Opposition Members seem continually to forget that local authorities are elected democratically. They represent all their constituents and are well aware that their decisions have electoral consequences.

In our view, decisions affecting local people must, as far as possible, be made locally, and this Bill is essentially about local matters. That is why we have drafted it to give local authorities as much choice as possible.

The Opposition may talk a great deal about their respect for local government, but the amendment illustrates the shallowness of much of what the Opposition say. To vote for the amendment would be to vote against the responsibility and freedom of local authorities to settle their own problems in the way most appropriate for their own areas. I must therefore ask the House to vote against this amendment.

The arguments of the Under-Secretary of State on this clause are rather pathetic. The effect of the amendment is to confine the burden which might fall on rent payers of making up the moneys not collected by the offending councils in the new enlarged authorities to those in the areas which benefited from non-implementation.

To take the familiar example of Clay Cross and North-East Derbyshire, we believe that, if the full burden is to fall on rent payers, it should only be on those rent payers who benefited from the failure to implement the Housing Finance Act.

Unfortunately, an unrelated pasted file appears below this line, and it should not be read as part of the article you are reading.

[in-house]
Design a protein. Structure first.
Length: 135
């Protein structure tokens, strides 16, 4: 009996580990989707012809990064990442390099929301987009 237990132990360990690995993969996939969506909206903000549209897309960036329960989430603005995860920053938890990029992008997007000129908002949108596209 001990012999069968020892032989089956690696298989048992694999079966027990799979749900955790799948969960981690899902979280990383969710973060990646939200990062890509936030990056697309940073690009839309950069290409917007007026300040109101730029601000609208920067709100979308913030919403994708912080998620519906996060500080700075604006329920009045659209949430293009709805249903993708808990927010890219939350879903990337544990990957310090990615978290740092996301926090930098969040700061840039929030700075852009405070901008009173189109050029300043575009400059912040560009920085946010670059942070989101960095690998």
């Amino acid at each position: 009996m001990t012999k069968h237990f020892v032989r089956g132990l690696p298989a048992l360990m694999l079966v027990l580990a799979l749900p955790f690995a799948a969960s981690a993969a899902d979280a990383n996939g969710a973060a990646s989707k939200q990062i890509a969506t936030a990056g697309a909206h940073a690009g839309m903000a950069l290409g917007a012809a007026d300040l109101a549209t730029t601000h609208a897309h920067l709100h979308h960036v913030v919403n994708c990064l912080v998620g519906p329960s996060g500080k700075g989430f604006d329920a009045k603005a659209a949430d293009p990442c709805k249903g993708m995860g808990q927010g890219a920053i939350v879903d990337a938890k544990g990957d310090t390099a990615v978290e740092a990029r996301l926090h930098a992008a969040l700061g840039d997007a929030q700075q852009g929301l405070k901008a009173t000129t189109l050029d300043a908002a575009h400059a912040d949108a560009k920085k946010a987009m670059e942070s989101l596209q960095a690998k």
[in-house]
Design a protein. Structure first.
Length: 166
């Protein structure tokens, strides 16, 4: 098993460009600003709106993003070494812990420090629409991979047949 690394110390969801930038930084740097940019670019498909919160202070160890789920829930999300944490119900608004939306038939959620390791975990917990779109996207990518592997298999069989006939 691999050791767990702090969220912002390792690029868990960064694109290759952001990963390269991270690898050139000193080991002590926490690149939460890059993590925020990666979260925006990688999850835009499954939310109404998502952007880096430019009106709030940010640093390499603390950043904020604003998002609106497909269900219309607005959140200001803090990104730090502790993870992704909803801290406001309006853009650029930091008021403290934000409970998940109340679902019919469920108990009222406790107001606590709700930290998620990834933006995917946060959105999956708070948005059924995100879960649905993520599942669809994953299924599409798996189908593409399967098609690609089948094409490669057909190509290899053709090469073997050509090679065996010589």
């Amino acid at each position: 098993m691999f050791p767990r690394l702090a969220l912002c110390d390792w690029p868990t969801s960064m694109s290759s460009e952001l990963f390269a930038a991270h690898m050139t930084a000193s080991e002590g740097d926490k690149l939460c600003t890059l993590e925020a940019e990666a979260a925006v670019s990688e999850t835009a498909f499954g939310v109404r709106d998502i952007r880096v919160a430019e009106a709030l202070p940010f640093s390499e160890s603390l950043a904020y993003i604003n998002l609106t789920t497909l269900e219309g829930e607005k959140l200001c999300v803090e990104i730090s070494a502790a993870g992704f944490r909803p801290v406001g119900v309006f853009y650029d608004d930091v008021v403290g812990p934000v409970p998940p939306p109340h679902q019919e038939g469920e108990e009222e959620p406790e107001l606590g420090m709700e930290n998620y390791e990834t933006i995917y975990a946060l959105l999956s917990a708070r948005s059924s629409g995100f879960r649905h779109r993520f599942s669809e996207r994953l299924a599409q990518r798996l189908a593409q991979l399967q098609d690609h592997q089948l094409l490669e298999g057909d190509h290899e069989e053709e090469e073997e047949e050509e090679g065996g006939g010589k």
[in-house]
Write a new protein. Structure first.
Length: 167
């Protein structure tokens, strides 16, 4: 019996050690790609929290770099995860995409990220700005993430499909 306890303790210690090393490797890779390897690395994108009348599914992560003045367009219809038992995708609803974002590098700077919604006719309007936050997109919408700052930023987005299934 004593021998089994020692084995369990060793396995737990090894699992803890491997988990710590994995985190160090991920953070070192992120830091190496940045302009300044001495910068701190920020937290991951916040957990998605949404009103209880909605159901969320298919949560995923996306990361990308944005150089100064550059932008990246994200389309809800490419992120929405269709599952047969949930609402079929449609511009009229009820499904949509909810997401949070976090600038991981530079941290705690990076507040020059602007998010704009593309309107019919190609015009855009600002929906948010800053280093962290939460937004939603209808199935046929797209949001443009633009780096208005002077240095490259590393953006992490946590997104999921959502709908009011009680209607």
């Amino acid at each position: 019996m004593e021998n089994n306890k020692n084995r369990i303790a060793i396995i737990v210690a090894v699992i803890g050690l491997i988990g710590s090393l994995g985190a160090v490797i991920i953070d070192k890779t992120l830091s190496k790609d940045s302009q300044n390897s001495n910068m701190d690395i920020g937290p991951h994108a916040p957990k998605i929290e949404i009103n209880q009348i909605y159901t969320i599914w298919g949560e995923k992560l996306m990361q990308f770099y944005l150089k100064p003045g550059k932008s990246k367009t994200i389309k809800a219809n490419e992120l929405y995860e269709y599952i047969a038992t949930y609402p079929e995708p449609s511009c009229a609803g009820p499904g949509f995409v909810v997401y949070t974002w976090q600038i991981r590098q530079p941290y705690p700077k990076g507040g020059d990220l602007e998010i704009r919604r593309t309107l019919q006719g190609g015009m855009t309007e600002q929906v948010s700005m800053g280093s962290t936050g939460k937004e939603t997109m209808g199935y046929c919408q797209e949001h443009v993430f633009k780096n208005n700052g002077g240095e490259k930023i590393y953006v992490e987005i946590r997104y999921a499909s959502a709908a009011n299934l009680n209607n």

It is nonsensical to present our point of view and that of their Lordships as an attempt to restrict the freedom of local authorities. The point is a very simple one, and I put this to Labour Members as to anyone else. Why on earth should council tenants, in the areas which derived no benefit, be liable, if their council so wishes, to bear this particular burden?

The Government have throughout our proceedings totally failed to meet this case. They failed to do so in Committee and on Report, and the Under-Secretary of State has failed to do so again tonight.

The essential fact of the matter is this. The Secretary of State said in his statement on 6th November 1974 that the aim was to recover money from non-implementation from communities which benefited from later implementation. In other words, the Secretary of State said that the burden now is to fall on those communities which benefited.

I cannot see by any stretch of the imagination how it can be argued that the citizens of North-East Derbyshire, for example, outside the Clay Cross area, benefited in any way from the failure to implement the Housing Finance Act. How can it possibly be the case that those in the areas which at that time were in quite different local authorities can be said to have benefited from this particular failure?